P2P & the Purchase of Music



In The Impact of Music Downloads and P2P File-Sharing on the Purchase of Music: A Study for Industry Canada researchers found “no direct evidence to suggest that the net effect of P2P file-sharing on CD purchasing is either positive or negative for Canada as a whole.” However, when it comes to the “Canadian P2P file-sharing subpopulation” the study found that Canadians who engage in P2P file-sharing actually buy more music. For every 12 downloaded songs, CD purchases increase by 0.44.

With respect to the other effects, roughly half of all P2P tracks were downloaded because individuals wanted to hear songs before buying them or because they wanted to avoid purchasing the whole bundle of songs on the associated CDs and roughly one quarter were downloaded because they were not available for purchase.

This “‘market creation’ effect of P2P file-sharing” is interesting indeed. Through P2P file sharing one can access content that is not available for purchase.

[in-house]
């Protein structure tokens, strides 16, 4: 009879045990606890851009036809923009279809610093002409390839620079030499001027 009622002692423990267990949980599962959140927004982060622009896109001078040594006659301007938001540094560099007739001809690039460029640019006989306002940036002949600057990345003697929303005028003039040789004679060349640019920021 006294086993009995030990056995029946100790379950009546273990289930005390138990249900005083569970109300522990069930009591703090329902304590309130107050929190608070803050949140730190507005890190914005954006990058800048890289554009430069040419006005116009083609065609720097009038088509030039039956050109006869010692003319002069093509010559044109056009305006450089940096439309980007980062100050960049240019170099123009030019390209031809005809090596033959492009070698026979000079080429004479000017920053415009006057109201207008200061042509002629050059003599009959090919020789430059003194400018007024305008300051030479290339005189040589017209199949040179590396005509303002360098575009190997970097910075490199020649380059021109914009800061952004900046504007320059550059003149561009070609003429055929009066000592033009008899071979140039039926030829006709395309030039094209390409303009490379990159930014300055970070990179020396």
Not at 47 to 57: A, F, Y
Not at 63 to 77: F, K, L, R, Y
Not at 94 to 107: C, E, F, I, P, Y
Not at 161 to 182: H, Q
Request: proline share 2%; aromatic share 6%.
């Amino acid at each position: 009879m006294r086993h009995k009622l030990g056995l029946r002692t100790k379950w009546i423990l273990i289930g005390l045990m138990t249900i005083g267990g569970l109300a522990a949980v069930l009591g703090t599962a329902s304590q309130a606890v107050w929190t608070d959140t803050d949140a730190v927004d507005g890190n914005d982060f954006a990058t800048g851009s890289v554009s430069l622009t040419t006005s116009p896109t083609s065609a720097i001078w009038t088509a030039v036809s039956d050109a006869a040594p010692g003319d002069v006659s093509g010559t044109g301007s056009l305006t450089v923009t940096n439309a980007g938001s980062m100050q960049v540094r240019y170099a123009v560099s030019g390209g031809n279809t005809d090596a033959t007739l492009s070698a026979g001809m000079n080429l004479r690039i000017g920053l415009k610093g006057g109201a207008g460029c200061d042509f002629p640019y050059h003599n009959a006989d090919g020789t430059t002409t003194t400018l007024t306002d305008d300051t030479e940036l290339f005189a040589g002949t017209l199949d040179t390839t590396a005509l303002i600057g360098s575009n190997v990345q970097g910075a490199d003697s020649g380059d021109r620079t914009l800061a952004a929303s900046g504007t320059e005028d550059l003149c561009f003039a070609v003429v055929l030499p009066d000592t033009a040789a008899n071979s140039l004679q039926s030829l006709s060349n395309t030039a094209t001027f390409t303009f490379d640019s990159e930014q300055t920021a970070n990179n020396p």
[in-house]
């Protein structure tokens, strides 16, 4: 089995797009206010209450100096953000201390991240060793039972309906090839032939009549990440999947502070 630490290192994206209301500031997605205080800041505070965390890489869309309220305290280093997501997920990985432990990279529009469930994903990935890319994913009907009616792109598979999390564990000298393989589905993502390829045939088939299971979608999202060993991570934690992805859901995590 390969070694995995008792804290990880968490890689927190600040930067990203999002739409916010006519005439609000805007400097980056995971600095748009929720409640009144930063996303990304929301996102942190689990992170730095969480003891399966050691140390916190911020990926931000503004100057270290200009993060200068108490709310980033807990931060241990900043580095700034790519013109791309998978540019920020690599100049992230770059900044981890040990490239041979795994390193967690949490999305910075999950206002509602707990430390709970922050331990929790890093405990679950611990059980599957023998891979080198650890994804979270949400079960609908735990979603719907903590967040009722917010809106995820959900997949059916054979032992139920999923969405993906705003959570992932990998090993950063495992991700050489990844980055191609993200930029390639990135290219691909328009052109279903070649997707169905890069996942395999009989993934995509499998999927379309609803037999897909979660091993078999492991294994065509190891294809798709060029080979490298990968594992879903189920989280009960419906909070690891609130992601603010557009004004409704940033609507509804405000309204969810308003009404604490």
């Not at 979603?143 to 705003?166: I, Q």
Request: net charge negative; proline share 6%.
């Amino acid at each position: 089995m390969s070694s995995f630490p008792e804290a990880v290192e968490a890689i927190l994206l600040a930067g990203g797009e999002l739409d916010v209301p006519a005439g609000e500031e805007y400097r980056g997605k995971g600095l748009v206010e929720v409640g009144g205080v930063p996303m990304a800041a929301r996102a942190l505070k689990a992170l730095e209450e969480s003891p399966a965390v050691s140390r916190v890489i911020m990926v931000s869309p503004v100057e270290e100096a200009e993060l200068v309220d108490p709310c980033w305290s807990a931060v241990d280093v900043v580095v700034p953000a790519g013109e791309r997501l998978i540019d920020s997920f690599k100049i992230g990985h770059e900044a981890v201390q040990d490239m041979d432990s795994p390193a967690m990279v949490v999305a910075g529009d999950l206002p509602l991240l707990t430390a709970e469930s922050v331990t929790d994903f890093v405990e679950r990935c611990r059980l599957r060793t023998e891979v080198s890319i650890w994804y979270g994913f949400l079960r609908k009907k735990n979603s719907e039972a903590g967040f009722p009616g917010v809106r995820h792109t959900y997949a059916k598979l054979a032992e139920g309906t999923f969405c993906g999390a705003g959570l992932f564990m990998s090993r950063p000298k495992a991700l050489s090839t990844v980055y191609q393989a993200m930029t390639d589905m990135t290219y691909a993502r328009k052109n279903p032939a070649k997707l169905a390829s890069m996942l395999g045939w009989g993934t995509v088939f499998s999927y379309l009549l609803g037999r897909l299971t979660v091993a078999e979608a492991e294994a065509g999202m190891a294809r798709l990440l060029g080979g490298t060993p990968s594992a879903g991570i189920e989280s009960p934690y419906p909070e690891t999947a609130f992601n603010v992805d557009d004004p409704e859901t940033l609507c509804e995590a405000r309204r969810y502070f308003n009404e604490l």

It will be interesting to see how the Music Industry responds. The Industry presents correlative evidence, that in the last five sales have decreased by $465 million while P2P file sharing has increased, to suggest that they’ve been losing money due to file-sharing but this report dismantles that claim. This report may also be helpful in reaffirming the “private copying” prevision in the Copyright Act that enables Canadians to legally copy and share music.

The Copyright Act contains a special exception for “private copying”: it permits the copying of music files “onto an audio recording medium for the private use of the person who makes the copy”, but does not permit copying for the purpose of “distributing” or “communicating to the public by telecommunication” (s.80). It is generally accepted that downloading music for personal use is legal under this section.

One comment.

  1. One of my classes suggested that the observed decline in CD sales is simply because of the increase in DVD sales. People are switching from buying lousy music to buying lousy movies.

    Basically, none of these technologies has been stable for long enough to get any idea of a baseline level of purchases so as to be able to observe the commercial effect of some technological or social change.

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